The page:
This week's summit is laser-focused on the rules currently on the books, as the general opinion is that interference and obstruction crept back into the game last season, and especially in the postseason. (So much for framing obstruction as a way to curb concussions in a red-line-less NHL.)
Indeed, interference penalties alone went from 985 called in 2010-11 to 893 called in 2011-12.
As Colin Campbell told the Canadian Press before the summit:
"Personally, I don't think the hooking and holding has slipped," said Campbell. "I think we have to find out what we want with interference on the forechecking and interference off the faceoff."
The league's former disciplinarian thinks the discussion might branch off to other rules like slashing. "Anything that stops a player from scoring," he said.
Yeah! Ban goalies!
Oh, they mean in a penalty sense. Which is a good starting point, but doesn't address all the officiating ills of the League.
One of those ills is being discussed this week, and it'll be interested to see if anything significant emerges from it … or if the GMs, coaches and players will simply snap their heads back and flail their arms around.
We're of course talking about embellishment.
Tuesday's session, which included plenty of video examples, honed in on interference calls and how some of those infractions have crept back into the game after the post-lockout crackdown of 2005. The session also turned its focus to the enforcement of slashing rules and embellishment.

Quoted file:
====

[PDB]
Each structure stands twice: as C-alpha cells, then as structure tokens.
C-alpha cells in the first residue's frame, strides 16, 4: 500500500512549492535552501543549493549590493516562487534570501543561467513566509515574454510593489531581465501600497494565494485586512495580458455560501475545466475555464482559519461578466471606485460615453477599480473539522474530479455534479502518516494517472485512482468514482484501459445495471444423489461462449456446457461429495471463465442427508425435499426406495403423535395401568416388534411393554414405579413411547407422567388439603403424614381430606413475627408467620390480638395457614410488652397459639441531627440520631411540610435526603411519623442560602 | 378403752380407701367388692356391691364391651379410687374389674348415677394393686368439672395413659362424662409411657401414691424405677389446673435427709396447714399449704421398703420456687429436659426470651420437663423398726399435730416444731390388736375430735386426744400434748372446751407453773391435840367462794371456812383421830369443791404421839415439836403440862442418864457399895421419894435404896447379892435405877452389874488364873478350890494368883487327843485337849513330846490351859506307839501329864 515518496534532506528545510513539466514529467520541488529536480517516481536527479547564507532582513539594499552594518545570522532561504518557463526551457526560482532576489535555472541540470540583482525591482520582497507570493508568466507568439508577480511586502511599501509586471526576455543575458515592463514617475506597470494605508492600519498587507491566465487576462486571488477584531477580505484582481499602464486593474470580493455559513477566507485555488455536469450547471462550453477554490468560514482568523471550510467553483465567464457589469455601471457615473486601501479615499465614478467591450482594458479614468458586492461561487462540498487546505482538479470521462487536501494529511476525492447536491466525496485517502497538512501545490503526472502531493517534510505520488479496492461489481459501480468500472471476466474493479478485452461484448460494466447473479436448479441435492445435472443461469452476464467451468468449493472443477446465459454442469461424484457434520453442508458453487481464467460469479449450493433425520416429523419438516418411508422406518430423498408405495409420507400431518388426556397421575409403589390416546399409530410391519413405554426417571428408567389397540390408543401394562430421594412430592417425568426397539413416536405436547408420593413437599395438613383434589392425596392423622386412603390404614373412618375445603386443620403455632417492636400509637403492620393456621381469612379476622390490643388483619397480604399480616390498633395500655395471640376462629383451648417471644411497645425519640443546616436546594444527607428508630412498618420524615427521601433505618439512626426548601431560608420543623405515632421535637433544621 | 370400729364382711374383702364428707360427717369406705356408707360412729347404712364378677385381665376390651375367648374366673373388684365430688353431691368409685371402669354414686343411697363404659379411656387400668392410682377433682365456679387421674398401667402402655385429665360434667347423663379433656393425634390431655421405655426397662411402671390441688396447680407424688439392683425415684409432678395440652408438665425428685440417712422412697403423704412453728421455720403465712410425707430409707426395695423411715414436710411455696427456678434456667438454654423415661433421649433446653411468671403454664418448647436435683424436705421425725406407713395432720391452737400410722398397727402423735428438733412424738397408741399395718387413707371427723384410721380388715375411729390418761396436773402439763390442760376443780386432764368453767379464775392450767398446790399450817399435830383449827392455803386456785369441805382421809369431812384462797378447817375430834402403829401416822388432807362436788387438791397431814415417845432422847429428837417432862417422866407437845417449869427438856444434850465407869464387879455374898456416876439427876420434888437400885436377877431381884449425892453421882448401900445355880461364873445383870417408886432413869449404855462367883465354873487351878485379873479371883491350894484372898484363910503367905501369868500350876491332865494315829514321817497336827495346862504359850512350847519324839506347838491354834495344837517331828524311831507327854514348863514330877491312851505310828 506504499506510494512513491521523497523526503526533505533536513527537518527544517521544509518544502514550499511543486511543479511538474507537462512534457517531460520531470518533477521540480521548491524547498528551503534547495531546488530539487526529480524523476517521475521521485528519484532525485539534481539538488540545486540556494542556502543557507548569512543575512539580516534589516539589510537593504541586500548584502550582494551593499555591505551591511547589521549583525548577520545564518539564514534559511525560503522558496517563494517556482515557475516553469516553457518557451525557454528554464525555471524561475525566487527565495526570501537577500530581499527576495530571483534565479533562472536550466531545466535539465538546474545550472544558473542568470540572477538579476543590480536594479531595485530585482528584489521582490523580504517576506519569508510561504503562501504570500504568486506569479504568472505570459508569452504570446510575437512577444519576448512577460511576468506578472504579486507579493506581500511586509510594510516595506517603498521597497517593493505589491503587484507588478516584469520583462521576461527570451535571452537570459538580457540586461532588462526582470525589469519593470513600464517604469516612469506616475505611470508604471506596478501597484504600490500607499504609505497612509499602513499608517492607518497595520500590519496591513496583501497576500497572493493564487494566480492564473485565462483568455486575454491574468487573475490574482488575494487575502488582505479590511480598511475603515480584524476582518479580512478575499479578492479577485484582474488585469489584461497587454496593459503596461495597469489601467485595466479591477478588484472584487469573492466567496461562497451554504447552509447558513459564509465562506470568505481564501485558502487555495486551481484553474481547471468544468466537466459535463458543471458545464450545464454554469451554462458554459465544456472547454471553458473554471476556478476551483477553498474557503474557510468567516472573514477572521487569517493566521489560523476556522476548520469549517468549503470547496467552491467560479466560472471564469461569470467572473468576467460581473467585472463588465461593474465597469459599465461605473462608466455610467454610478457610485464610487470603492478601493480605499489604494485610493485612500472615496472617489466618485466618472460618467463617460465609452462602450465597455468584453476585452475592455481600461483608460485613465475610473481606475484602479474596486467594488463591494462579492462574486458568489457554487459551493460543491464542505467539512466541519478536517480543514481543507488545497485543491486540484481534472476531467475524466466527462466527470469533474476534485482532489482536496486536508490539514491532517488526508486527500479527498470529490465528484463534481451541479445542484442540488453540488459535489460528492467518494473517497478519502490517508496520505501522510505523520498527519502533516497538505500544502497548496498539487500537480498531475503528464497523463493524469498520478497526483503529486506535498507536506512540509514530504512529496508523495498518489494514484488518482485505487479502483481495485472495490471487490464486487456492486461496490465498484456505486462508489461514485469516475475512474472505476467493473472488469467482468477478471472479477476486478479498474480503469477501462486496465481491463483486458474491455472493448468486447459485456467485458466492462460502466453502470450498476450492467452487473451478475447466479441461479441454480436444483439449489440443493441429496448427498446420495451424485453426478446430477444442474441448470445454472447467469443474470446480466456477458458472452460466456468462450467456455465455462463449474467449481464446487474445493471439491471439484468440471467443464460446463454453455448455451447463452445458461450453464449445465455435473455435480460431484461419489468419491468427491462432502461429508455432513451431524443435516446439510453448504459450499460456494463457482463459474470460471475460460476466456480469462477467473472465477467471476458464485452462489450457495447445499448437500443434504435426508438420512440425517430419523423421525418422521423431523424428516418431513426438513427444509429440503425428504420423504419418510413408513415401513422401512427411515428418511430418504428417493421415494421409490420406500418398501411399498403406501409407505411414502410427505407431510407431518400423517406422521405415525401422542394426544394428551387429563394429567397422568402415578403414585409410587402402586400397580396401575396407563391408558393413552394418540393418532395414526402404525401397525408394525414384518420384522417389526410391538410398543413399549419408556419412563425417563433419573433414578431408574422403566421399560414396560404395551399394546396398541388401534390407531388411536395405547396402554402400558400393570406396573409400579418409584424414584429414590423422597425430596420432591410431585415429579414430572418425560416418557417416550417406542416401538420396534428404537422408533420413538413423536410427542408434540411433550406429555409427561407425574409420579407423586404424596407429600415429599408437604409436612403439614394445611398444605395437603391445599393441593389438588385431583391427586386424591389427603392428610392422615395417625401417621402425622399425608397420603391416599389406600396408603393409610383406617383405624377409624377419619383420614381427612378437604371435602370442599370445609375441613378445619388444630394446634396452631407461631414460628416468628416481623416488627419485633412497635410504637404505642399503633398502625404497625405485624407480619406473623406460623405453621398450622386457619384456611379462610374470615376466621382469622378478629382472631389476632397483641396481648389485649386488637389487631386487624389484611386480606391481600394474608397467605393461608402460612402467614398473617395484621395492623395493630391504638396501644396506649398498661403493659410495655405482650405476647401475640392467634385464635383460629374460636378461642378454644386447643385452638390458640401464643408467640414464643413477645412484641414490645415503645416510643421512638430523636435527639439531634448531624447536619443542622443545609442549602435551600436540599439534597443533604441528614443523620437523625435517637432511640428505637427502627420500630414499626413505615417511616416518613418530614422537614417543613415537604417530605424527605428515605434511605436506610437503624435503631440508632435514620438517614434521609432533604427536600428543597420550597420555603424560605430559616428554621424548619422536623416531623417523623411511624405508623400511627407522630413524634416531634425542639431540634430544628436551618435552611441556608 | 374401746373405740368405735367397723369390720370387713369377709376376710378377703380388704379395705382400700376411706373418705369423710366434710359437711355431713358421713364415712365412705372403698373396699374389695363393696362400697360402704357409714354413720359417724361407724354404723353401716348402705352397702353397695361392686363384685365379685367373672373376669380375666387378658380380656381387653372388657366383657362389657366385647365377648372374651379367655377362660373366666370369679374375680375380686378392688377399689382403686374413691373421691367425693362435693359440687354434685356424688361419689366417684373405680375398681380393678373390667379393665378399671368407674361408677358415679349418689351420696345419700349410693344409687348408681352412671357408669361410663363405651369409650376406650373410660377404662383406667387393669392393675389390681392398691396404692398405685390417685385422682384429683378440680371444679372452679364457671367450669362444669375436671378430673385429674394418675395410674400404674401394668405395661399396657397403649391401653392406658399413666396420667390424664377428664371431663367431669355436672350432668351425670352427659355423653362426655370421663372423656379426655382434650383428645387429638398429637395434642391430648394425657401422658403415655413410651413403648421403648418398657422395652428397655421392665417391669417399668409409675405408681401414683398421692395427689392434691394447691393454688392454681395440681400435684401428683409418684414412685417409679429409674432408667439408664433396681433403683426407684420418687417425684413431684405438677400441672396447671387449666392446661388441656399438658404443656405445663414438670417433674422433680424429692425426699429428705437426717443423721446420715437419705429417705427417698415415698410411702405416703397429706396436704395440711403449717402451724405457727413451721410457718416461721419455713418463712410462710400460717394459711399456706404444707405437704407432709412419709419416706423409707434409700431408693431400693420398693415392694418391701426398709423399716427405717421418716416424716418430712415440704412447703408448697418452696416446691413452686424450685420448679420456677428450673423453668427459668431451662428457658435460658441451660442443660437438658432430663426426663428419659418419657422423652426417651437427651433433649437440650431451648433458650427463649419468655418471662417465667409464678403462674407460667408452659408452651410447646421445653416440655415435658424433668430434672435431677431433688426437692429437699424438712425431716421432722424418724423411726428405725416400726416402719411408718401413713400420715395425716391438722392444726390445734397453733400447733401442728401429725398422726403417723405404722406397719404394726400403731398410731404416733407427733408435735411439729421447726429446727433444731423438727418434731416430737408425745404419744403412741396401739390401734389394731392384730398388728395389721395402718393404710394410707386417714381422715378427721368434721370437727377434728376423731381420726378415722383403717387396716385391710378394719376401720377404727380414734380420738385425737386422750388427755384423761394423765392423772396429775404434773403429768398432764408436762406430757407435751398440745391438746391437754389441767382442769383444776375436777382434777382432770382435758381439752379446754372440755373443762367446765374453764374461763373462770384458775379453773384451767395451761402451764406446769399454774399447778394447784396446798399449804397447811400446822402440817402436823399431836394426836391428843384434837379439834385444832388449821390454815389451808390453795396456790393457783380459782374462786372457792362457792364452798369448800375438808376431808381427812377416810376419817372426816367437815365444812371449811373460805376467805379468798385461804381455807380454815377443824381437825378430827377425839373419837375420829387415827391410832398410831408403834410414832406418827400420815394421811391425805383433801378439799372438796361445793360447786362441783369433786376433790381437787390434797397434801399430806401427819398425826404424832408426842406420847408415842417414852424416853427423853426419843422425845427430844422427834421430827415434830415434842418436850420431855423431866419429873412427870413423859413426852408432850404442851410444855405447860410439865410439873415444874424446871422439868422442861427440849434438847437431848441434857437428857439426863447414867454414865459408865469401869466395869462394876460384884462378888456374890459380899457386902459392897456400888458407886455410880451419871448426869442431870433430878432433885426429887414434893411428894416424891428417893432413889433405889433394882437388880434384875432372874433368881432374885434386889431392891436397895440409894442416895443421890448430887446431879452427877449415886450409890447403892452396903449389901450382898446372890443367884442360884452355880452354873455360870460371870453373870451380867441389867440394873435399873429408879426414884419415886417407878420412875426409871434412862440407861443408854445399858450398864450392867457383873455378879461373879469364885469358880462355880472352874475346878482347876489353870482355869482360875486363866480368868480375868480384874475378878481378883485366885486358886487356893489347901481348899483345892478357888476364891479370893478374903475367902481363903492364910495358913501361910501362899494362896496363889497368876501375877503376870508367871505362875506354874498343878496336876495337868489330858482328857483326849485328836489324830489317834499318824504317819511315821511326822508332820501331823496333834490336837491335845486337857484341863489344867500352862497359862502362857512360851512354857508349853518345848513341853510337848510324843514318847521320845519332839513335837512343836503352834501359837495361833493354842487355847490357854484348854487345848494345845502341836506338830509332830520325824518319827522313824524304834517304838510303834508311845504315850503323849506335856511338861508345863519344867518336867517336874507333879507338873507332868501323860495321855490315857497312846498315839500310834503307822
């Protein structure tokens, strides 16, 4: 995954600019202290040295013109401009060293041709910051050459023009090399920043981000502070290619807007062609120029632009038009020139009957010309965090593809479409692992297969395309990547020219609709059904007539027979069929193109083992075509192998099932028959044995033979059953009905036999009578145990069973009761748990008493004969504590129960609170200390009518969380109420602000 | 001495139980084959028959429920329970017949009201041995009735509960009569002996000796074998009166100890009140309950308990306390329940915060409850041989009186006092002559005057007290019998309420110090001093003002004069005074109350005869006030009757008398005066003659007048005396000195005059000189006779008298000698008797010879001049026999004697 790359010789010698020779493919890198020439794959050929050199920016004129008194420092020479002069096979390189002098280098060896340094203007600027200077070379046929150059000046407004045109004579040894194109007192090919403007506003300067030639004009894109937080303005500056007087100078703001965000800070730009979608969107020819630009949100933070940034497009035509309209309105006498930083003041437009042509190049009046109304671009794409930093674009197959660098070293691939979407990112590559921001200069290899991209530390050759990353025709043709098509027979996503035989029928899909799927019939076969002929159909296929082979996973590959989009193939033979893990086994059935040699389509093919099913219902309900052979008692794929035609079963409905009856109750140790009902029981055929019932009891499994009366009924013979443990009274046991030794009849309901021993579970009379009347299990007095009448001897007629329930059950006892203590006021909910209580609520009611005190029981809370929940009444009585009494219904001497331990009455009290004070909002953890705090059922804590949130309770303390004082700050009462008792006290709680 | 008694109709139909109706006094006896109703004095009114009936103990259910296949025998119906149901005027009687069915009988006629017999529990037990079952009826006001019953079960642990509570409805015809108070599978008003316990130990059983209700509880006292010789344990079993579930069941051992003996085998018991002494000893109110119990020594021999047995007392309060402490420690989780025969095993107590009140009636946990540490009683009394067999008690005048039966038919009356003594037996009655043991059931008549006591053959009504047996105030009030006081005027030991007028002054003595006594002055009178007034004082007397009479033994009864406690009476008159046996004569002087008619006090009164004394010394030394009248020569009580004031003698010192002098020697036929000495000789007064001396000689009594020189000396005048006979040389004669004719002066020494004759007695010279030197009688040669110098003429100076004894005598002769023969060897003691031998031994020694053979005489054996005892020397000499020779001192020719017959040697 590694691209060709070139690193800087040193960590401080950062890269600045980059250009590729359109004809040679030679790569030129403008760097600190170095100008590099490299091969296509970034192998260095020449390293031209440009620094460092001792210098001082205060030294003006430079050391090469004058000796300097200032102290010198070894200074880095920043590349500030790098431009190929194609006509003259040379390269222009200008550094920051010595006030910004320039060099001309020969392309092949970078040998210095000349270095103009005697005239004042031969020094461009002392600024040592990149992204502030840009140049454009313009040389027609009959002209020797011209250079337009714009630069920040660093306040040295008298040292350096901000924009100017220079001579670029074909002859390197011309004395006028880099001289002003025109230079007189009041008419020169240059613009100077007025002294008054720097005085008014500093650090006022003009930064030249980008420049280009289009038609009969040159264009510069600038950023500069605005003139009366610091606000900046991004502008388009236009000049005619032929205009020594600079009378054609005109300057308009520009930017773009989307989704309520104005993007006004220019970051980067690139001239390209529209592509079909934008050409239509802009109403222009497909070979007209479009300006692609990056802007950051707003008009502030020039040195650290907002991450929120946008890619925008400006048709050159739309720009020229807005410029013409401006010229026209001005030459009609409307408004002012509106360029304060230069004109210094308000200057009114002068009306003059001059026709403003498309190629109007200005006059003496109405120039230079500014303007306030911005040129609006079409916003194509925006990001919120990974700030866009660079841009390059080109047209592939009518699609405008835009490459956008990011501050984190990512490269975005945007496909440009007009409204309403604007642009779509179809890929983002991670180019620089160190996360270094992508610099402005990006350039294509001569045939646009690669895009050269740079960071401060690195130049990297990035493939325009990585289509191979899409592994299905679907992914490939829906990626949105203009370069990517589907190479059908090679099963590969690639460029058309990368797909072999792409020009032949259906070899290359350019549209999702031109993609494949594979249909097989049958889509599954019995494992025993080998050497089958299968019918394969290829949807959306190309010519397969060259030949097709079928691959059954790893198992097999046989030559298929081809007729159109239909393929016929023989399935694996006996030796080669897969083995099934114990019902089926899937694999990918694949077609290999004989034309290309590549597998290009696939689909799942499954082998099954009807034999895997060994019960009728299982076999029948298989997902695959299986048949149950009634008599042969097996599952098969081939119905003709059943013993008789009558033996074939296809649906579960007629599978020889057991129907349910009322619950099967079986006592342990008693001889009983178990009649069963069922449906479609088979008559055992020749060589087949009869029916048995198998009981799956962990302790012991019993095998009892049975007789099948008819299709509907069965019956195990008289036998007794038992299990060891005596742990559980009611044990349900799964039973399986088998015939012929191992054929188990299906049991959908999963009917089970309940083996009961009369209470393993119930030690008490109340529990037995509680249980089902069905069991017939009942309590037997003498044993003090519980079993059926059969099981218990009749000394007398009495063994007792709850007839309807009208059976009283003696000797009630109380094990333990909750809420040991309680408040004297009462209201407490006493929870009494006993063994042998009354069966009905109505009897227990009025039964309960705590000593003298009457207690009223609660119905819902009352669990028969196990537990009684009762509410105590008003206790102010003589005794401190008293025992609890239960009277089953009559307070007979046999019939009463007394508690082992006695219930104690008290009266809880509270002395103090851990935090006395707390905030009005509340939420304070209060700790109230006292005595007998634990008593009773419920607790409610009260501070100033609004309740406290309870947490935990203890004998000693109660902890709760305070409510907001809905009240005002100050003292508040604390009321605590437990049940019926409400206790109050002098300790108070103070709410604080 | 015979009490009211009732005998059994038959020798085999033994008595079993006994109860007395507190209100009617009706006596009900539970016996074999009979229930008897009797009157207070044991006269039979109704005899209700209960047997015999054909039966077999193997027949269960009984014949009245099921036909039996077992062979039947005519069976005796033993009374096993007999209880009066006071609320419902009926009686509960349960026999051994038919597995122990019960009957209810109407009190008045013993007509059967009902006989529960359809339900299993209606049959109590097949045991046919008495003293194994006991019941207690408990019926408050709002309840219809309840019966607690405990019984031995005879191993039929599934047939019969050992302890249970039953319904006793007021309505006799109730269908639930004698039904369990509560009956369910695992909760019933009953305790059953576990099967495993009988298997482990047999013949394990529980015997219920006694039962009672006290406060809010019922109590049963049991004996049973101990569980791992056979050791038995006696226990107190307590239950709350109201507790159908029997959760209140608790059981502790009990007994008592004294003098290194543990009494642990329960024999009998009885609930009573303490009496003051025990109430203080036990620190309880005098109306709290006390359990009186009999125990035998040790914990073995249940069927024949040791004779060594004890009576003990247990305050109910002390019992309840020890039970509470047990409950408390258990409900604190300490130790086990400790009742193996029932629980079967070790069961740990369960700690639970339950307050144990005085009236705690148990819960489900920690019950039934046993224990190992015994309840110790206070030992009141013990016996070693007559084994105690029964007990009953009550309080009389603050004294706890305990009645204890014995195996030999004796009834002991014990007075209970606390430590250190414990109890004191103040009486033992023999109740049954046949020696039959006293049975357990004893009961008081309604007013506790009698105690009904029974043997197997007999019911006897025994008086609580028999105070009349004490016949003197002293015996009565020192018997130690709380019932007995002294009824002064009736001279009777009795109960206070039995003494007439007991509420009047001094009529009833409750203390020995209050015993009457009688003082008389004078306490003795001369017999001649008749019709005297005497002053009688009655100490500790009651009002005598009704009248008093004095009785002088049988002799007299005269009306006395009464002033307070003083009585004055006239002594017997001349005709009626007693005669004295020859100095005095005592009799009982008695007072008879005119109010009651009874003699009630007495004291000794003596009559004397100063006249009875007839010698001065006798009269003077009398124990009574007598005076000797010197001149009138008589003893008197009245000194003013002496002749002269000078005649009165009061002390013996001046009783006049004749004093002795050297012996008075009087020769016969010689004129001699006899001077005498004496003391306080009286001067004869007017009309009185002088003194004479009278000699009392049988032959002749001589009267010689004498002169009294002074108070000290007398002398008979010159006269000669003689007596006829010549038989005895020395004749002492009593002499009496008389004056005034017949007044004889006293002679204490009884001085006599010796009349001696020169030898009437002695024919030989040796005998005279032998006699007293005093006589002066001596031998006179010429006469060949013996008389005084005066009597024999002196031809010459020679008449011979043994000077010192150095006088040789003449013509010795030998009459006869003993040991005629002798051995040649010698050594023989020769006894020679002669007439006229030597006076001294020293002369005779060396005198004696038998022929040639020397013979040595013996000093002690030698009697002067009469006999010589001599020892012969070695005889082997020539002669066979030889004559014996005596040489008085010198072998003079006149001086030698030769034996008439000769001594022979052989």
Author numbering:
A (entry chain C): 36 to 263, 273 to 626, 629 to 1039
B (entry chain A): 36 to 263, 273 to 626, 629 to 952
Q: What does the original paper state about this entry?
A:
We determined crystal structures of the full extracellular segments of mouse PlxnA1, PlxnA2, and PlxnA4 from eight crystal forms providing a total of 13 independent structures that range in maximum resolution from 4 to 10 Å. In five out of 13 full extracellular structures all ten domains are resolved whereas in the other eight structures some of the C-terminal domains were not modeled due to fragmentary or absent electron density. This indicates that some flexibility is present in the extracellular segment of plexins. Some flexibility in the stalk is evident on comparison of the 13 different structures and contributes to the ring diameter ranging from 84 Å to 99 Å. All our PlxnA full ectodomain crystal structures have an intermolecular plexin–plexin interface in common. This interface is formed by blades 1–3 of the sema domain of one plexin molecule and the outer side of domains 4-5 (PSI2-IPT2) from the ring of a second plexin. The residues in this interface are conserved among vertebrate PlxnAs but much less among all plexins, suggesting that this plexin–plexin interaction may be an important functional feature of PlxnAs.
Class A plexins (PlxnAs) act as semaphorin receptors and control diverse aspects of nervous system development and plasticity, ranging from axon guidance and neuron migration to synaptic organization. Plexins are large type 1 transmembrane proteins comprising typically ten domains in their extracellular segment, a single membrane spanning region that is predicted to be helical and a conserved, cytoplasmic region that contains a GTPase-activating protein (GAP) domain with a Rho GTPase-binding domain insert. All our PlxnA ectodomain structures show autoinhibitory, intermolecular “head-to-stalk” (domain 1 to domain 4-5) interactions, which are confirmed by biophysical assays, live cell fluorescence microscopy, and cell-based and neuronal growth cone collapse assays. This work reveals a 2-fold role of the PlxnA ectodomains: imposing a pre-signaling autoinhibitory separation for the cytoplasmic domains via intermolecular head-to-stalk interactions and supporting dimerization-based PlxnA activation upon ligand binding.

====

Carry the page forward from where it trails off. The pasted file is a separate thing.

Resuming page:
Those items, as well as a broader discussion about where the game stands, will be on today's agenda. Any consensus on those issues is likely to be heard after today's second day of meetings.
Dave Tippett, head coach of the Phoenix Coyotes, took part in the last lockout-centric rules summit — from which revolutionary changes to the NHL's game play emerged — and is participating in this round.
He was a leading voice against embellishment in the Stanley Cup Playoffs last season … which, of course, was a tad ironic given the Triple Lindy his goaltender pulled when Andrew Shaw ran him.
"Personally, I've talked about this in a lot of meetings with [GM Don Maloney], our general manager, that the game is turning a little dishonest and it's embellishment by players," Tippett said. "When it's done well, it's very hard for the referees, very hard, because if you fall down near the boards or you drop your stick or you throw your head back, you're putting the referee in a very tough situation."
No doubt Tippett was referring to the dropped stick on Radim Vrbata's slashing penalty late in the game which all but killed any chance for Phoenix to tie it. Kings center Anze Kopitar's stick was knocked loose by Vrbata on the play. Or did Kopitar drop it?
Both Campbell's note from the summit and Tippett's complaint from the postseason point to a specific type of embellishment: Less the head-jerking hysterics on a high stick than the completely deplorable trend in the NHL on slashes. Whether it's the dropped stick or a pair of gloves hurled to the rafters, it's prop comedy to draw a call and, sadly, the gullibility of on-ice officials.
Is there an effective way to police that? Tough to say. Now you're asking officials to make a judgment call about a judgment call, compounded by the fact that there could be an injury on the play.
But in the end, what these rules summits are asking is for referees to be bolder in their officiating. To call ticky-tacky interference penalties again before the game's offense becomes a clogged drain. To not allow hooking and holding just because it's a playoff game.
And, in the case of embellishment, to show some valor in calling out a player who exhibits none in attempting to draw a call.
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